When you drink cold water, your body must expend metabolic energy in order to maintain normal body temperature ( 37.0°C ) by warming up the water in your stomach. Could drinking ice water, then, substitute for exercise as a way to “burn calories?” Suppose you expend 430 kcalories during a brisk hour-long walk. How may litres of ice ( 0°C ) would you have to drink in order to use 430 kcalories of metabolic energy? For comparison, the stomach can hold about 1 litre .
The volume V of a mass m of water is given by V =m /ρ,where m is the mass, and ρ is the density of water. In order to warm a mass m of ice water to body temperature, the body must provide an amount Q of heat given by Q = cm∆T , where c is the specific heat of water and ΔT is 37 C°, the difference between body temperature (37 °C) and the temperature of ice water (0 °C) . Therefore using Q = cm∆T to calculate the required mass m of ice water, and V = m/ ρ to find the corresponding volume V.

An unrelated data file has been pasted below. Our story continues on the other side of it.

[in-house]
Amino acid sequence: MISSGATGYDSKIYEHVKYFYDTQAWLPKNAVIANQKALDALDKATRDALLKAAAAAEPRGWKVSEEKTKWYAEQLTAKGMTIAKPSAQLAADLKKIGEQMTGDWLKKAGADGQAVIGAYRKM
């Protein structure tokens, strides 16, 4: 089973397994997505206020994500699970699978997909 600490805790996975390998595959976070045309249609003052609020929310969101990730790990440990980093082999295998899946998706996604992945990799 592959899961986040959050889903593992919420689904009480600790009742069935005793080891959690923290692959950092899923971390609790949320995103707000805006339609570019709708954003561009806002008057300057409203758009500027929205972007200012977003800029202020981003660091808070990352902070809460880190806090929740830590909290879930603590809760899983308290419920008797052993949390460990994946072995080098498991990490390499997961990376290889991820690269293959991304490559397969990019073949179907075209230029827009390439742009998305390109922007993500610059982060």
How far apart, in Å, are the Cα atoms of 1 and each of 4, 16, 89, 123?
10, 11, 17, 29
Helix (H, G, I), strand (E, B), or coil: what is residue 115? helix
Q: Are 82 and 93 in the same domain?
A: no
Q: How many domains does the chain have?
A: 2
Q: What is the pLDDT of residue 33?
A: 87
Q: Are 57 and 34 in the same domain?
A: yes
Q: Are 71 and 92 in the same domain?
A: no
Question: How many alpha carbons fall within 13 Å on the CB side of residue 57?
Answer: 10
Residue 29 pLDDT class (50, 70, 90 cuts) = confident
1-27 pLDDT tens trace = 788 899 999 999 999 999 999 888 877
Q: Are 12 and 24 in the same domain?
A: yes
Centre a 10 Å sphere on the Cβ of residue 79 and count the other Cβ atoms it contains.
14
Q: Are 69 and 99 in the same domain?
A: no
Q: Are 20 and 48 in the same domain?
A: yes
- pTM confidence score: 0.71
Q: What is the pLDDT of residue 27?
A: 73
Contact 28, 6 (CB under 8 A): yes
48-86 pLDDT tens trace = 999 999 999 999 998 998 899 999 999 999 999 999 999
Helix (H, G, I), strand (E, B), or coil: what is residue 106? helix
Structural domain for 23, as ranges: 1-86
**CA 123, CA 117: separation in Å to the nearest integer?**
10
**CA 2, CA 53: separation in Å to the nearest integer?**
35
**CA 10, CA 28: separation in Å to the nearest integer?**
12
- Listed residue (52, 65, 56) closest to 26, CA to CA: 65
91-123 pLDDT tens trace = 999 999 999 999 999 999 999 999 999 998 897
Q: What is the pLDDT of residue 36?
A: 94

The Attempt at a Solution
The volume of given water is V =m /ρ (1)
Rearranging Q = cm∆T in terms of m gives us: m= Q/c∆T (2)
Substiuting (2) into (1) yields: V = (Q/c∆T)/ρ = Qρ/c∆T (3)
The only problem with this is the units for this resulting equation (3) don't work out correctly and I am unsure what mathematical steps I am missing.
It's really the substitution that's confusing me.
The only way the units work out to be m^3 is if V = Q/ρc∆T where the density is part of the denominator which I cannot see how to get to.
I also realise there is another way to solve this problem (ie finding the heat energy needed for 1kg of ice water and dividing the 430kcal into this) but I'm just not sure what I'm missing in my method to reach the same answer.